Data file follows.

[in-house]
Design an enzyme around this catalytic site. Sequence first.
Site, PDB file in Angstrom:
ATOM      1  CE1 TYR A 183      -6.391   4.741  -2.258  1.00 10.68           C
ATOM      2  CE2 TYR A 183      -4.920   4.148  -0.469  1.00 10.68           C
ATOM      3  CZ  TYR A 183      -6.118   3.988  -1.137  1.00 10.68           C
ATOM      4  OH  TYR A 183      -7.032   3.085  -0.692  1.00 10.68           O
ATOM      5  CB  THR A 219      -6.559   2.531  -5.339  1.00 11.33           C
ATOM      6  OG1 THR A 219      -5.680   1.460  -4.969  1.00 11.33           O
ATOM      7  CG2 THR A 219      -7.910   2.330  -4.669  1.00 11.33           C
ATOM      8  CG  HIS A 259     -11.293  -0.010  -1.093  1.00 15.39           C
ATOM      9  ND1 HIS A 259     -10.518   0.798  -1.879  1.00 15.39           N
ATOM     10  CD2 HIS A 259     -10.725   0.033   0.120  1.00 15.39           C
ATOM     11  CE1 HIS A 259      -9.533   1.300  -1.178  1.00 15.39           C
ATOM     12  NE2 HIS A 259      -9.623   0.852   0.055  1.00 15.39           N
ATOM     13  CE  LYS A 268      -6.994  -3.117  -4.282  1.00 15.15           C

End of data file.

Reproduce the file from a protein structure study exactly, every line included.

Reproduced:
[in-house]
Design an enzyme around this catalytic site. Sequence first.
Site, PDB file in Angstrom:
ATOM      1  CE1 TYR A 183      -6.391   4.741  -2.258  1.00 10.68           C
ATOM      2  CE2 TYR A 183      -4.920   4.148  -0.469  1.00 10.68           C
ATOM      3  CZ  TYR A 183      -6.118   3.988  -1.137  1.00 10.68           C
ATOM      4  OH  TYR A 183      -7.032   3.085  -0.692  1.00 10.68           O
ATOM      5  CB  THR A 219      -6.559   2.531  -5.339  1.00 11.33           C
ATOM      6  OG1 THR A 219      -5.680   1.460  -4.969  1.00 11.33           O
ATOM      7  CG2 THR A 219      -7.910   2.330  -4.669  1.00 11.33           C
ATOM      8  CG  HIS A 259     -11.293  -0.010  -1.093  1.00 15.39           C
ATOM      9  ND1 HIS A 259     -10.518   0.798  -1.879  1.00 15.39           N
ATOM     10  CD2 HIS A 259     -10.725   0.033   0.120  1.00 15.39           C
ATOM     11  CE1 HIS A 259      -9.533   1.300  -1.178  1.00 15.39           C
ATOM     12  NE2 HIS A 259      -9.623   0.852   0.055  1.00 15.39           N
ATOM     13  CE  LYS A 268      -6.994  -3.117  -4.282  1.00 15.15           C